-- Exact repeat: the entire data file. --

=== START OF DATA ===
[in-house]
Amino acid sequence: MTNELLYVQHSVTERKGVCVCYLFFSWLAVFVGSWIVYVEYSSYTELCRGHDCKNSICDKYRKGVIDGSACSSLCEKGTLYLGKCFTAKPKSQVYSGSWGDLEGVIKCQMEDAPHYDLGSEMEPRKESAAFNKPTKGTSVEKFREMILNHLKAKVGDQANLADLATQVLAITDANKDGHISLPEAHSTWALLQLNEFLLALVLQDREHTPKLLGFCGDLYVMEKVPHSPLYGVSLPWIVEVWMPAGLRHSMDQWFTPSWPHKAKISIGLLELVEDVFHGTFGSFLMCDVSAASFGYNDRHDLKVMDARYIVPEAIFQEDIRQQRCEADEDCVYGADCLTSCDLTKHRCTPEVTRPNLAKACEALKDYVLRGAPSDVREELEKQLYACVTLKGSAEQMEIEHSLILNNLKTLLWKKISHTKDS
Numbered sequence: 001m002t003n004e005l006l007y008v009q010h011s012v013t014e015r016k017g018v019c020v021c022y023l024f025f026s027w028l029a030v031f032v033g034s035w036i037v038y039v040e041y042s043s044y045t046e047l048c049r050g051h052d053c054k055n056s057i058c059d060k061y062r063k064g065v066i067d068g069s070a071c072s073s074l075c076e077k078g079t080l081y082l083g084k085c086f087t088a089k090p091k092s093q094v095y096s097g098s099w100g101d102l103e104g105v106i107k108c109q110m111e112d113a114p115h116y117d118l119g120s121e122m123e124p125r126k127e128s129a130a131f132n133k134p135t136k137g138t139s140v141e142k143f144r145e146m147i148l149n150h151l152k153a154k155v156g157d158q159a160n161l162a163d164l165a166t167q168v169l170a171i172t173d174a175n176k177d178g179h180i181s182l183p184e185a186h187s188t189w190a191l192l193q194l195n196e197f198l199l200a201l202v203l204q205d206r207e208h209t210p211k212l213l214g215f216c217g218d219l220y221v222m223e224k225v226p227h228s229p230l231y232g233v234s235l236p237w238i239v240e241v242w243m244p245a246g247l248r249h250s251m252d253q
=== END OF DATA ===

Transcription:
[in-house]
Amino acid sequence: MTNELLYVQHSVTERKGVCVCYLFFSWLAVFVGSWIVYVEYSSYTELCRGHDCKNSICDKYRKGVIDGSACSSLCEKGTLYLGKCFTAKPKSQVYSGSWGDLEGVIKCQMEDAPHYDLGSEMEPRKESAAFNKPTKGTSVEKFREMILNHLKAKVGDQANLADLATQVLAITDANKDGHISLPEAHSTWALLQLNEFLLALVLQDREHTPKLLGFCGDLYVMEKVPHSPLYGVSLPWIVEVWMPAGLRHSMDQWFTPSWPHKAKISIGLLELVEDVFHGTFGSFLMCDVSAASFGYNDRHDLKVMDARYIVPEAIFQEDIRQQRCEADEDCVYGADCLTSCDLTKHRCTPEVTRPNLAKACEALKDYVLRGAPSDVREELEKQLYACVTLKGSAEQMEIEHSLILNNLKTLLWKKISHTKDS
Numbered sequence: 001m002t003n004e005l006l007y008v009q010h011s012v013t014e015r016k017g018v019c020v021c022y023l024f025f026s027w028l029a030v031f032v033g034s035w036i037v038y039v040e041y042s043s044y045t046e047l048c049r050g051h052d053c054k055n056s057i058c059d060k061y062r063k064g065v066i067d068g069s070a071c072s073s074l075c076e077k078g079t080l081y082l083g084k085c086f087t088a089k090p091k092s093q094v095y096s097g098s099w100g101d102l103e104g105v106i107k108c109q110m111e112d113a114p115h116y117d118l119g120s121e122m123e124p125r126k127e128s129a130a131f132n133k134p135t136k137g138t139s140v141e142k143f144r145e146m147i148l149n150h151l152k153a154k155v156g157d158q159a160n161l162a163d164l165a166t167q168v169l170a171i172t173d174a175n176k177d178g179h180i181s182l183p184e185a186h187s188t189w190a191l192l193q194l195n196e197f198l199l200a201l202v203l204q205d206r207e208h209t210p211k212l213l214g215f216c217g218d219l220y221v222m223e224k225v226p227h228s229p230l231y232g233v234s235l236p237w238i239v240e241v242w243m244p245a246g247l248r249h250s251m252d253q